Many years ago, famed artist Andy Warhol created a series of silk-screen portraits of rock star, Prince, based upon a photo taken by photographer, Lynn Goldsmith. Upon Prince’s death, one of Warhol’s portraits was licensed by his foundation to media giant, Condé Nast, who was publishing a special magazine issue about the legend. Upon seeing the issue, Goldsmith felt she was due payment for use of the portrait because it was based upon her work, and recently the Supreme Court agreed.
The issue in the case was whether Warhol’s work was “transformative” of the original photograph, such that the new work could be considered a stand-alone, fair use not warranting compensation to the original photographer. The Supreme Court held that it was not, and that the Warhol portrait was simply a “commercial substitute” for the Goldsmith photo, used for a substantially similar purpose.
Two factors suggest that the opinion was not completely determinative of the issue of artistic transformation. First, the decision was made in a case-specific manner, leaving open the possibility that similar works which seek to transform original pieces may still be considered fair use if the intended use differs significantly enough from the original. And second, the dissent in the case suggested that the Court did not give enough weight to Warhol’s creative process and, therefore, lacked an understanding of why the work was, in fact, transformative.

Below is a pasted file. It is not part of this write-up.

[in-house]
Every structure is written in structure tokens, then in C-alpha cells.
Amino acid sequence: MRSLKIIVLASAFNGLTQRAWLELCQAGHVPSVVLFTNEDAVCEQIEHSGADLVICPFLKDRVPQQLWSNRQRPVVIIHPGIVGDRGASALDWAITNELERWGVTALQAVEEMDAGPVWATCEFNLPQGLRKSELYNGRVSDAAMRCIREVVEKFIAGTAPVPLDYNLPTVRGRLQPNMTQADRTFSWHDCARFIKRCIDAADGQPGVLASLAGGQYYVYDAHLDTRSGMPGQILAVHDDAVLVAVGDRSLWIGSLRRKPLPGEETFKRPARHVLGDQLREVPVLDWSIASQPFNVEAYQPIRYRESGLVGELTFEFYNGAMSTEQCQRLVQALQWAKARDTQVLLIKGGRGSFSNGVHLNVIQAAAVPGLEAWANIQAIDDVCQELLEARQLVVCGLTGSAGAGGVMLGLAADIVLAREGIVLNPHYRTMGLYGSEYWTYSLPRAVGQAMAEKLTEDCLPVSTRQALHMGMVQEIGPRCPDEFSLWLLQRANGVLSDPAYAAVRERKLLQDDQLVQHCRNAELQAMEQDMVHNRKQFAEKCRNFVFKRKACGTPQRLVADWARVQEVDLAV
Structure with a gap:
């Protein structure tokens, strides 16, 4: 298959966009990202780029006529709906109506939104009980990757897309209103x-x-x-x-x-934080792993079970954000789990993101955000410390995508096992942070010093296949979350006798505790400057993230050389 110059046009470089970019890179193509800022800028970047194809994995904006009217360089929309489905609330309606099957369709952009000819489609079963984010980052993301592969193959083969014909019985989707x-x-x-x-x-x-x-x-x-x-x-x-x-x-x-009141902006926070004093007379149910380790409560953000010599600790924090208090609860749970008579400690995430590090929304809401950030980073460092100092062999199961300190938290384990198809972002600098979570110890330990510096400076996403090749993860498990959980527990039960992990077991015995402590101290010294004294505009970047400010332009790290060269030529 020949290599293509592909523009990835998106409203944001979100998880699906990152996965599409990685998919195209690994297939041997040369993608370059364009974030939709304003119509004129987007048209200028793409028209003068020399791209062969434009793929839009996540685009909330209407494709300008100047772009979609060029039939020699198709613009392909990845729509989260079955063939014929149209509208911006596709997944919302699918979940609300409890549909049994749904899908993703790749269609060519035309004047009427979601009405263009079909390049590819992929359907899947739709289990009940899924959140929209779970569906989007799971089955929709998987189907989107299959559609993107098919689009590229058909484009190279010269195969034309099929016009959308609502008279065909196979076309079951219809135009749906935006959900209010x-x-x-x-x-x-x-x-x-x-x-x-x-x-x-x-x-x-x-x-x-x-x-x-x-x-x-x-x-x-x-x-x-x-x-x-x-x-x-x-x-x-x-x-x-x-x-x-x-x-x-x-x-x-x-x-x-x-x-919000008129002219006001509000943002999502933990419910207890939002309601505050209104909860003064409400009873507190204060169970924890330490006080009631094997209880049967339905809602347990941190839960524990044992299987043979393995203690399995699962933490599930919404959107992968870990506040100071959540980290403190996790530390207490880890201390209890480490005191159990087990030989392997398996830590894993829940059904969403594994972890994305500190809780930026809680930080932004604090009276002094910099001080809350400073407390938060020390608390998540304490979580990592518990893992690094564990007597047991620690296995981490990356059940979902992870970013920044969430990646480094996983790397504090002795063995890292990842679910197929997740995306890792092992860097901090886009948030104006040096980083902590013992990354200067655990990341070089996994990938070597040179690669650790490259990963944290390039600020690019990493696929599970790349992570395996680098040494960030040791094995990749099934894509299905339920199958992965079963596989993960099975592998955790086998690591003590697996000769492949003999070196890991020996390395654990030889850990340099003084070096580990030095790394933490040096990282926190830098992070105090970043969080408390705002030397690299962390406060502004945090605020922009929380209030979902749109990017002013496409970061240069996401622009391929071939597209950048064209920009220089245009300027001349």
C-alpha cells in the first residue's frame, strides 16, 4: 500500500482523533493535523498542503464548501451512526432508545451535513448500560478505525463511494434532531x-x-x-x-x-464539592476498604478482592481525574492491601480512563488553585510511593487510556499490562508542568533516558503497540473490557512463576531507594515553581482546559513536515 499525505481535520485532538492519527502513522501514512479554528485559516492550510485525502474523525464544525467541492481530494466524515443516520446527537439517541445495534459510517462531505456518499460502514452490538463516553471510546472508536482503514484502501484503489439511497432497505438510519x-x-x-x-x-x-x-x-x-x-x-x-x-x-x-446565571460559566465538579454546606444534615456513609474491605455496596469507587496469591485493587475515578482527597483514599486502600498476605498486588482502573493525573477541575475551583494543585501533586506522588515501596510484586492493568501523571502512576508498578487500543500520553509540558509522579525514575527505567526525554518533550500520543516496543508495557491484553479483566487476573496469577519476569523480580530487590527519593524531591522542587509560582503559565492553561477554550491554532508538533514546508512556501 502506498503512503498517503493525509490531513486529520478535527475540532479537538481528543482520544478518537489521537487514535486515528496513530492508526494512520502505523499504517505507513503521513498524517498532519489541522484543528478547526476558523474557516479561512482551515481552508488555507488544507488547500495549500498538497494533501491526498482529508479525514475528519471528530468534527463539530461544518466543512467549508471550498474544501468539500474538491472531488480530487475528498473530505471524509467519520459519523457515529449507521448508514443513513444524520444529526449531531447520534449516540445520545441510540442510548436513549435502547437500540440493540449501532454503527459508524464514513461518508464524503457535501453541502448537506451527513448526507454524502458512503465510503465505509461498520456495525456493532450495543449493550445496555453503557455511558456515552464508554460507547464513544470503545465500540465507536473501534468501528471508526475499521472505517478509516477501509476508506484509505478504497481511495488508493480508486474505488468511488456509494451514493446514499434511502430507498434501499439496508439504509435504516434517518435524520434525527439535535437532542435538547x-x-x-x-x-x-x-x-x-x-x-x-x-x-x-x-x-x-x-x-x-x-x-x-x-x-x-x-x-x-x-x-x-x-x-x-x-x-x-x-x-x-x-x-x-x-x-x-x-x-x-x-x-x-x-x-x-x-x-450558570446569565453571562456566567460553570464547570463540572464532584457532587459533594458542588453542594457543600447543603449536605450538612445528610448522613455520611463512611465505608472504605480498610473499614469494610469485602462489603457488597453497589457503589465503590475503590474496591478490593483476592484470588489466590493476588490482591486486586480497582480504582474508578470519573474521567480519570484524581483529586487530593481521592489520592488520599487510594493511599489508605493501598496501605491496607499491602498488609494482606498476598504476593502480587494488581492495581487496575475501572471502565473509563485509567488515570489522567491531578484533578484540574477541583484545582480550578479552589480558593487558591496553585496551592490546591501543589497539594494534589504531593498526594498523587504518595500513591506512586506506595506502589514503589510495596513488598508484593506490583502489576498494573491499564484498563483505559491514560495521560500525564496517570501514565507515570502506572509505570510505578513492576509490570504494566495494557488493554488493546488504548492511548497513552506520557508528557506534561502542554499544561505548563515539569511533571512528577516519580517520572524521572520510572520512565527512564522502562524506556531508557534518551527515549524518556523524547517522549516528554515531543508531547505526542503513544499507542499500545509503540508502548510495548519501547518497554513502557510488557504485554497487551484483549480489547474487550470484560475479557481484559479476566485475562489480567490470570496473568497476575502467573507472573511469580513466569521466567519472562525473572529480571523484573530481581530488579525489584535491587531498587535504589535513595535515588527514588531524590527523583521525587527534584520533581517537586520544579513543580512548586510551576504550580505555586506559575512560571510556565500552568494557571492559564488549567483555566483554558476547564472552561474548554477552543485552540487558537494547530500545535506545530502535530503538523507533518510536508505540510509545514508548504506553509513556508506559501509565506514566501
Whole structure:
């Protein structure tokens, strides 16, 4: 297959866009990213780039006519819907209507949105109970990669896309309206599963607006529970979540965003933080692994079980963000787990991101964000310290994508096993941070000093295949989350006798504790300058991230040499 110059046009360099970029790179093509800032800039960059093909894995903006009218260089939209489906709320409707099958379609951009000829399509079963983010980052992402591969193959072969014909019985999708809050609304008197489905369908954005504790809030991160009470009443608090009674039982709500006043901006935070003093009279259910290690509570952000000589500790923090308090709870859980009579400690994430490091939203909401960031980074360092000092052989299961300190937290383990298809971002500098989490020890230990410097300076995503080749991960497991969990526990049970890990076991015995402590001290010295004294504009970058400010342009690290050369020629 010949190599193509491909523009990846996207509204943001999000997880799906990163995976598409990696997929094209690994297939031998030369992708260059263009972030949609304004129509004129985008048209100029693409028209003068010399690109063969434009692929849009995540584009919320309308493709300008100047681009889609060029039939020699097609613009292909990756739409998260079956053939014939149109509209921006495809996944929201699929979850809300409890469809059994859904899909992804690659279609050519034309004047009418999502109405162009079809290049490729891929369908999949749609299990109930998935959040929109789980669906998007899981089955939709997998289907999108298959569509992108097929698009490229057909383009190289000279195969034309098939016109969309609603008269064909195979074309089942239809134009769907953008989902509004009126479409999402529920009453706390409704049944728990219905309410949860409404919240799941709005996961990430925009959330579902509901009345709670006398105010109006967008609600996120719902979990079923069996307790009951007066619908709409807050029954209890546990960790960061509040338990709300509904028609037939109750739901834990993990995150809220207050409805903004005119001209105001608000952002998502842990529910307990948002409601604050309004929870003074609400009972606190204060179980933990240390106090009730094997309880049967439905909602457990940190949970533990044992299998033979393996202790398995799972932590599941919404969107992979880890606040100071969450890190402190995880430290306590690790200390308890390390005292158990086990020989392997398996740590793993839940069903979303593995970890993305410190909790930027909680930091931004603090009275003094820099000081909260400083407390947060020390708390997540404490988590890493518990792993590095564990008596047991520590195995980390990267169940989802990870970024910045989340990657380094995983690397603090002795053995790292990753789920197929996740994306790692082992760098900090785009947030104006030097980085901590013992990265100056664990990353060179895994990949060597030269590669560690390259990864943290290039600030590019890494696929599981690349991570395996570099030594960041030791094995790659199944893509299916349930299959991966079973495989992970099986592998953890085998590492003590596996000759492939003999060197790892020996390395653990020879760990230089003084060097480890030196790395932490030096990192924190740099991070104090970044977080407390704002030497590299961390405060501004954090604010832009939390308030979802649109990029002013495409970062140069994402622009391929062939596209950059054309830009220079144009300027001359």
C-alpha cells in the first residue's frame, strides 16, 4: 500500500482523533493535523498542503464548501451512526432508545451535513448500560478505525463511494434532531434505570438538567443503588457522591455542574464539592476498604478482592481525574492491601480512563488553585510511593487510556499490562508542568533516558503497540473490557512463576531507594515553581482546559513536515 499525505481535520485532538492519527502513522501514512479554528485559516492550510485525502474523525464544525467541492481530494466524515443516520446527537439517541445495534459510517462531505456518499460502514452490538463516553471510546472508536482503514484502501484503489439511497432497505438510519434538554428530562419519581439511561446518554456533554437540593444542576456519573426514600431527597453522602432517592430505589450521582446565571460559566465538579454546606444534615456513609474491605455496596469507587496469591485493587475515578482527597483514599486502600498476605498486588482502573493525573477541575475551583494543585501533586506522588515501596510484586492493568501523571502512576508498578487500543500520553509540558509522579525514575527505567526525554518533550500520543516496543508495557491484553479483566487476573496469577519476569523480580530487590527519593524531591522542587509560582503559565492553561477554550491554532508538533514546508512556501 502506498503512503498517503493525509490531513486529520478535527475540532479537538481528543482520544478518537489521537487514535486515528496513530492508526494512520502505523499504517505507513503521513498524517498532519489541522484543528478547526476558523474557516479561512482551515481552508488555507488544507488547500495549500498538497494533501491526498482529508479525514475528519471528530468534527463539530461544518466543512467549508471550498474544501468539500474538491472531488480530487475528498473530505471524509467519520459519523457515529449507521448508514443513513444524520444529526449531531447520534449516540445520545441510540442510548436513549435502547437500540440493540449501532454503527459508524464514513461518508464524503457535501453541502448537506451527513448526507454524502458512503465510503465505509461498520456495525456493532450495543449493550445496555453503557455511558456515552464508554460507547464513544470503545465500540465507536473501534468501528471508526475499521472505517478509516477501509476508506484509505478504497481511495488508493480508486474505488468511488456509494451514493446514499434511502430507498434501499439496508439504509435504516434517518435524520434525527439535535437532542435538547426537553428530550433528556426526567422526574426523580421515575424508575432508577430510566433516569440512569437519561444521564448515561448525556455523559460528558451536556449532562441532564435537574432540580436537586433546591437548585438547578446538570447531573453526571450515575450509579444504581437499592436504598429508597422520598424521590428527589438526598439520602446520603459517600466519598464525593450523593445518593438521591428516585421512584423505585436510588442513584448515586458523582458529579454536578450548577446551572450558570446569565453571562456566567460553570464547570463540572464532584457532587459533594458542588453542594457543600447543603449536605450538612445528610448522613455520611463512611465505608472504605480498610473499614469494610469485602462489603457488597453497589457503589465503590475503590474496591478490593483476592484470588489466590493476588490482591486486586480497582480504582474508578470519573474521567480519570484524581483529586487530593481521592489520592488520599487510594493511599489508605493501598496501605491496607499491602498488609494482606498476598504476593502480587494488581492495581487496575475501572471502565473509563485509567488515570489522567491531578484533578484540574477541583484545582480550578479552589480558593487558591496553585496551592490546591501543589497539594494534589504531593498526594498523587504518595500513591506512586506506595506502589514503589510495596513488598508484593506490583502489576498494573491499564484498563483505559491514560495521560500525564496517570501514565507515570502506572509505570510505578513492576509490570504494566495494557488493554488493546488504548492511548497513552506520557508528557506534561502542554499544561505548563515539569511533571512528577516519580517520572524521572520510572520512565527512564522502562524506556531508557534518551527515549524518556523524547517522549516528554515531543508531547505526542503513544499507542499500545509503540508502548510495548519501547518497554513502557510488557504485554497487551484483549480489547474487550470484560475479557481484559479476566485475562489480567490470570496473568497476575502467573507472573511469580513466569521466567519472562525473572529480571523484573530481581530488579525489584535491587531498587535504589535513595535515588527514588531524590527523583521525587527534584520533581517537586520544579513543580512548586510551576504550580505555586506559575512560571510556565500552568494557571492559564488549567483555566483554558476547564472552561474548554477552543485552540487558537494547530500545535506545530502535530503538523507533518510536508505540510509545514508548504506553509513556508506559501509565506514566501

For now, artists working with existing images and works should be cautious to put proper licensing agreements in place before allowing derivative works to be placed in commerce. If you have questions about the fair use doctrine as it applies to art or otherwise, please contact us at 246.477.6300.